[Paleopsych] Frank's topic: divergent opinions in science

Lynn D. Johnson, Ph.D. ljohnson at solution-consulting.com
Fri Feb 18 13:59:38 UTC 2005

Here is another example, from my own interest in near death literature. 
Synopsis: Van Lommel did a prospective study of NDEs and published 
results in Lancet. Michael Shermer wrote a column in Scientific American 
suggesting that Van Lommel's results showed there is no extra-corporeal 
"spirit" but that NDEs were all artifacts of the death process.
    Actually, Shermer had totally distorted the Lancet article. When Van 
Lommel wrote a reply/ correction . . . wait for it . . . Scientific 
American refused to publish his reply. Deeply disturbing. We cannot 
question the party line.
    In this wonderful world of the internet, Van Lommel was able to 
publish his piece anyway, which I post below FYI.
    So, Michael and Frank, this very medium is already having a positive 
effect on the lack of scientific dialog and promoting more diversity, a 
healthy direction.

A Reply to Shermer

Medical Evidence for NDEs

Pim van Lommel

Article from Skeptical Investigations

The Background
In his "Skeptic" column in Scientific American in March, 2003, Michael 
Shermer cited a research study published in The Lancet, a leading 
medical journal, by Pim van Lommel and colleagues. He asserted this 
study "delivered a blow" to the idea that the mind and the brain could 
separate. Yet the researchers argued the exact opposite, and showed that 
conscious experience outside the body took place during a period of 
clinical death when the brain was flatlined. As Jay Ingram, of the 
Canadian Discovery Channel, commented: "His use of this study to bolster 
his point is bogus. He could have said, 'The authors think there's a 
mystery, but I choose to interpret their findings differently'. But he 
didn't. I find that very disappointing" (Toronto Star, March 16, 2003). 
Here, Pim van Lommel sets out the evidence that Shermer misrepresented.

A Reply to Shermer

Medical Evidence for NDEs

Dr. Pim van Lommel

Only recently someone showed me the "Skeptic" article* by Michael 
Shermer. From a well respected and, in my opinion, scientific journal 
like the Scientific American I always expect a well documented and 
scientific article, and I don't know how thoroughly peer-reviewed the 
article from Shermer was by the editorial staff before publication. My 
reaction to this article by Shermer is because I am the main author of 
the study published in The Lancet, December 2001, entitled: "Near-death 
experience in survivors of cardiac arrest; a prospective study in the 
Netherlands". About what he writes about the conclusions from our study,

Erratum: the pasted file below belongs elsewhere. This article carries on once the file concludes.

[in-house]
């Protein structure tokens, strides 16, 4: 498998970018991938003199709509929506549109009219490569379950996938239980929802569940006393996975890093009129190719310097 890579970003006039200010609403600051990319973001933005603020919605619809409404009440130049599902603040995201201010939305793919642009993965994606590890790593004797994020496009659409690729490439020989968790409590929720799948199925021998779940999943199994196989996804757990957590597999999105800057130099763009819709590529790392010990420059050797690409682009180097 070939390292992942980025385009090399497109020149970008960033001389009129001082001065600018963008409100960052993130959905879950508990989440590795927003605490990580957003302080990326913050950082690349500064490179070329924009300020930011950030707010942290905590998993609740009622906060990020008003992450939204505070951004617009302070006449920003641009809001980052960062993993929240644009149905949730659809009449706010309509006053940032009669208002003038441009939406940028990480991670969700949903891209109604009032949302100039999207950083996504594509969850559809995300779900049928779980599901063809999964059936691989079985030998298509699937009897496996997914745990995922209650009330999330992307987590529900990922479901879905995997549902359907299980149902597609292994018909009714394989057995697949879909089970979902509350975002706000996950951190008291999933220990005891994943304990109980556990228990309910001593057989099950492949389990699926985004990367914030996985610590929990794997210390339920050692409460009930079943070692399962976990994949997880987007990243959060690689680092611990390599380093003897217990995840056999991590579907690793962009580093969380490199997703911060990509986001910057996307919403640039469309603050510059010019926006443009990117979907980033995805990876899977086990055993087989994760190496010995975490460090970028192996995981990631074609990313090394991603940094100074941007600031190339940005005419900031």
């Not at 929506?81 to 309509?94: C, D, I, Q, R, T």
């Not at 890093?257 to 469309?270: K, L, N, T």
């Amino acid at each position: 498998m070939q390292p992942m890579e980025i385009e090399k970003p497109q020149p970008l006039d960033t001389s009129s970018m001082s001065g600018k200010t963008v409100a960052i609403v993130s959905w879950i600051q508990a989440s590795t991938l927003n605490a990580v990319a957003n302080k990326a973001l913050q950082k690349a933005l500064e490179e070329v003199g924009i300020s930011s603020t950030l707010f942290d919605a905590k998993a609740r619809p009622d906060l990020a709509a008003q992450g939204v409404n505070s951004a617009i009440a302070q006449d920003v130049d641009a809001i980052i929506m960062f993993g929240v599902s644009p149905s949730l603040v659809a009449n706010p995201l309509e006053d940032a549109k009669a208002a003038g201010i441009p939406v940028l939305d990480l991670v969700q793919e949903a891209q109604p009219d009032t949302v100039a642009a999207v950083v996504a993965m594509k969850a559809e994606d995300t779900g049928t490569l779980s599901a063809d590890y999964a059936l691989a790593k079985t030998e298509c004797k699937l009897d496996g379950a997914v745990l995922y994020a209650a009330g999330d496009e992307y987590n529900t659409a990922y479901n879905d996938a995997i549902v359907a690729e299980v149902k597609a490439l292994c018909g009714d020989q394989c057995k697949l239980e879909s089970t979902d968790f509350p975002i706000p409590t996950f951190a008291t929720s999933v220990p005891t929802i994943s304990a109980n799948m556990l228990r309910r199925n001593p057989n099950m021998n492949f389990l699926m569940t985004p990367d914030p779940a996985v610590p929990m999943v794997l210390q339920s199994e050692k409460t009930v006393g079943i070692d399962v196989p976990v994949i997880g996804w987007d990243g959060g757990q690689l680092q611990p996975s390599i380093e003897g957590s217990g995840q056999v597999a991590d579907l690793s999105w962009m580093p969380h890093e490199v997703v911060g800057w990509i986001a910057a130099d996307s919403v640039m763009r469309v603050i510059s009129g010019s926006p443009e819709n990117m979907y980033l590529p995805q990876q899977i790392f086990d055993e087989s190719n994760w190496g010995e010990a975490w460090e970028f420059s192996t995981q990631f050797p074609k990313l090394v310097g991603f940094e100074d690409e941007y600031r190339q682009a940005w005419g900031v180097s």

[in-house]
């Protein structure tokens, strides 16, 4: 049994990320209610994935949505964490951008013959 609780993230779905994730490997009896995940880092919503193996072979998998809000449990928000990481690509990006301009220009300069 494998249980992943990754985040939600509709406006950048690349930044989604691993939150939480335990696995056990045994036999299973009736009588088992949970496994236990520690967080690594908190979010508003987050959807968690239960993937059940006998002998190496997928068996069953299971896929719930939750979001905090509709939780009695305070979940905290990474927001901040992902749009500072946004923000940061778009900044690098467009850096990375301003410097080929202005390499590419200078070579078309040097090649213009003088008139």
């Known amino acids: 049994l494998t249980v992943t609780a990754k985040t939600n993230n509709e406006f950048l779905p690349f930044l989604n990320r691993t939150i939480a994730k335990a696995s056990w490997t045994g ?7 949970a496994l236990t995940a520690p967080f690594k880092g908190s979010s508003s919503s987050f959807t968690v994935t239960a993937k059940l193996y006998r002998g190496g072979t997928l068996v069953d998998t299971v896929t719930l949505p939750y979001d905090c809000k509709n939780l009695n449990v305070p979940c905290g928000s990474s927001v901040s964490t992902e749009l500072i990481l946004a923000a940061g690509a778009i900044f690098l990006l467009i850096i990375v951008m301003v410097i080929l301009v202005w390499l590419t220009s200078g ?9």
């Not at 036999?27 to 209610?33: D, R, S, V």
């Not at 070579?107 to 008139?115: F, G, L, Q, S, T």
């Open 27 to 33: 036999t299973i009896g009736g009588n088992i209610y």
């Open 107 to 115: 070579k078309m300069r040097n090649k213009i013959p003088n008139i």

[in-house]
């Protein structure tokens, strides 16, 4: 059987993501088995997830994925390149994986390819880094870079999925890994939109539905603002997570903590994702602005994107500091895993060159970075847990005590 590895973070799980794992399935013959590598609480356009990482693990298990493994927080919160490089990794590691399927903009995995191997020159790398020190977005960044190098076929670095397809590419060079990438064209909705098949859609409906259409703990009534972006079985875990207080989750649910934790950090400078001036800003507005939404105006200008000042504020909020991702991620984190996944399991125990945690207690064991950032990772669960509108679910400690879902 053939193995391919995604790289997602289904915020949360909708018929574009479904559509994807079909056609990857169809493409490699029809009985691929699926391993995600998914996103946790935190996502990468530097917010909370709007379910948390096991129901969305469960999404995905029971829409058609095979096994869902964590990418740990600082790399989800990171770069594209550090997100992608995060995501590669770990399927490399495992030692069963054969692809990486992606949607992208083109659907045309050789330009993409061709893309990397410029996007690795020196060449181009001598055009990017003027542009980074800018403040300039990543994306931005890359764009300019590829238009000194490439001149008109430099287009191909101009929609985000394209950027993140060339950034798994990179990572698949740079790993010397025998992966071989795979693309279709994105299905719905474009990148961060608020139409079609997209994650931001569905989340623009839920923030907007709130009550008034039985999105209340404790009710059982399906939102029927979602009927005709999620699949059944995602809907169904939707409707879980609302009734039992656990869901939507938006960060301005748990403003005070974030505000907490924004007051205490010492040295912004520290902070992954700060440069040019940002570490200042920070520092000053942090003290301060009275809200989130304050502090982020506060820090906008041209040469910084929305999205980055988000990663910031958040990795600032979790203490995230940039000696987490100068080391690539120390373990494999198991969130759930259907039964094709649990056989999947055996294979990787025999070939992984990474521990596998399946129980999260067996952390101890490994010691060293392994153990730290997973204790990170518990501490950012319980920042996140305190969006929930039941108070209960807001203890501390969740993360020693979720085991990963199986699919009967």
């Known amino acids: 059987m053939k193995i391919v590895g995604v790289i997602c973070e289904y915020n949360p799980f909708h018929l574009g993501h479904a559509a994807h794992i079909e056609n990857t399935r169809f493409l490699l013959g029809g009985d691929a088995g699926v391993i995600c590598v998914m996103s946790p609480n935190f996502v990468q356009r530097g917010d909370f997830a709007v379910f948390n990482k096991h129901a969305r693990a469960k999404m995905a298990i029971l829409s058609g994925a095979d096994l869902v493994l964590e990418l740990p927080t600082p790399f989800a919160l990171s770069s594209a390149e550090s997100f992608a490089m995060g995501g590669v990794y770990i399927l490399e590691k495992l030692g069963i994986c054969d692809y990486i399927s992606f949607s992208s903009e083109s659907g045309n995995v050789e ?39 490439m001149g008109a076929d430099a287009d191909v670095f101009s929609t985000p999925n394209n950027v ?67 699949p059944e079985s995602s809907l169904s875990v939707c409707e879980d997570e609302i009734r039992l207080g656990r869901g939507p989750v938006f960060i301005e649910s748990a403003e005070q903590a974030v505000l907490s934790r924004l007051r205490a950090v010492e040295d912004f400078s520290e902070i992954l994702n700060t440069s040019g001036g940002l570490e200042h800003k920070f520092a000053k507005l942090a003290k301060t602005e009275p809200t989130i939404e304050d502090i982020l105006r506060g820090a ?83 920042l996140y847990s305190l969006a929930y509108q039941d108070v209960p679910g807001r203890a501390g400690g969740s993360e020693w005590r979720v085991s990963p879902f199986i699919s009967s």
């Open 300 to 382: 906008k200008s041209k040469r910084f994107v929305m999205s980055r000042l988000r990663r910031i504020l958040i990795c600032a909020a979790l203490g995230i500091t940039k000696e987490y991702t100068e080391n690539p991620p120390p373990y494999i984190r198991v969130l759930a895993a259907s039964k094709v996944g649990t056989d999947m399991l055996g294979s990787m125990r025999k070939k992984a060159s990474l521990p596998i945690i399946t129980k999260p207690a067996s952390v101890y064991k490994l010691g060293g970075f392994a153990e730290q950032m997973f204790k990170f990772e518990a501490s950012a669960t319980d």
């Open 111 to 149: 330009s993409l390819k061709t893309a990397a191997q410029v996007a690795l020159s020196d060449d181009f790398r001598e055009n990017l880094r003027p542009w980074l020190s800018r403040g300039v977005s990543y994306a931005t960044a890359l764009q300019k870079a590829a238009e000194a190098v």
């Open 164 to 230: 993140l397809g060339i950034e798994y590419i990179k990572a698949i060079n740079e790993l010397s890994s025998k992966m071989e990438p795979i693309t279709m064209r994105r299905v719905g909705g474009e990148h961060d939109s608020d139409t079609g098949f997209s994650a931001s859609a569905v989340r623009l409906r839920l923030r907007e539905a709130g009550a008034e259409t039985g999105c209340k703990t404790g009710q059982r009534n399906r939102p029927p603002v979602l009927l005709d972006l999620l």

as well as from the effect of magnetic and electrical "stimulation" of 
the brain, forces me to write this paper, because I disagree with his 
theories as well as with his conclusions.

We performed our prospective study in 344 survivors of cardiac arrest to 
study the frequency, the cause and the content of near-death experience 
(NDE). A near-death experience is the reported memory of all impressions 
during a special state of consciousness, including specific elements 
such as out-of-body experience, pleasant feelings, and seeing a tunnel, 
a light, deceased relatives, or a life review. In our study 282 patients 
(82%) did not have any memory of the period of unconsciousness, 62 
patients (18%) however reported a NDE with all the "classical" elements. 
Between the two groups there was no difference in the duration of 
cardiac arrest or unconsciousness, intubation, medication, fear of death 
before cardiac arrest, gender, religion, education or foreknowledge 
about NDE. More frequent NDE was reported at age younger than 60 years, 
more than one cardiopulmonary resuscitation (CPR) during hospital stay, 
and previous NDE. Patients with memory defects after lengthy and 
complicated CPR reported less frequent NDE.

There are several theories that should explain the cause and content of 
NDE. The physiologic explanation: the NDE is experienced as a result of 
anoxia in the brain, possibly also caused by release of endomorphines, 
or NMDA receptor blockade.

In our study all patients had a cardiac arrest, they were clinically 
dead, unconscious, caused by insufficient blood supply to the brain 
because of inadequate blood circulation, breathing, or both. If in this 
situation CPR is not started within 5-10 minutes, irreparable damage is 
done to the brain and the patient will die. According to this theory, 
all patients in our study should have had an NDE, they all were clinical 
dead due to anoxia of the brain caused by inadequate blood circulation 
to the brain, but only 18% reported NDE.

The psychological explanation: NDE is caused by fear of death. But in 
our study only a very small percentage of patients said they had been 
afraid the seconds preceding the cardiac arrest, it happened too 
suddenly to realize what occurred to them. However, 18 % of the patients 
reported NDE. And also the given medication made no difference.

We know that patients with cardiac arrest are unconscious within 
seconds, but how do we know that the electro-encephalogram (EEG) is 
flat-lined in those patients, and how can we study this?

Complete cessation of cerebral circulation is found in cardiac arrest 
due to ventricular fibrillation (VF) during threshold testing at 
implantation of internal defibrillators. This complete cerebral 
ischaemic model can be used to study the result of anoxia of the brain.

In VF complete cardiac arrest occurs, with complete cessation of 
cerebral flow, and resulting in acute pancerebral anoxia. The Vmca, the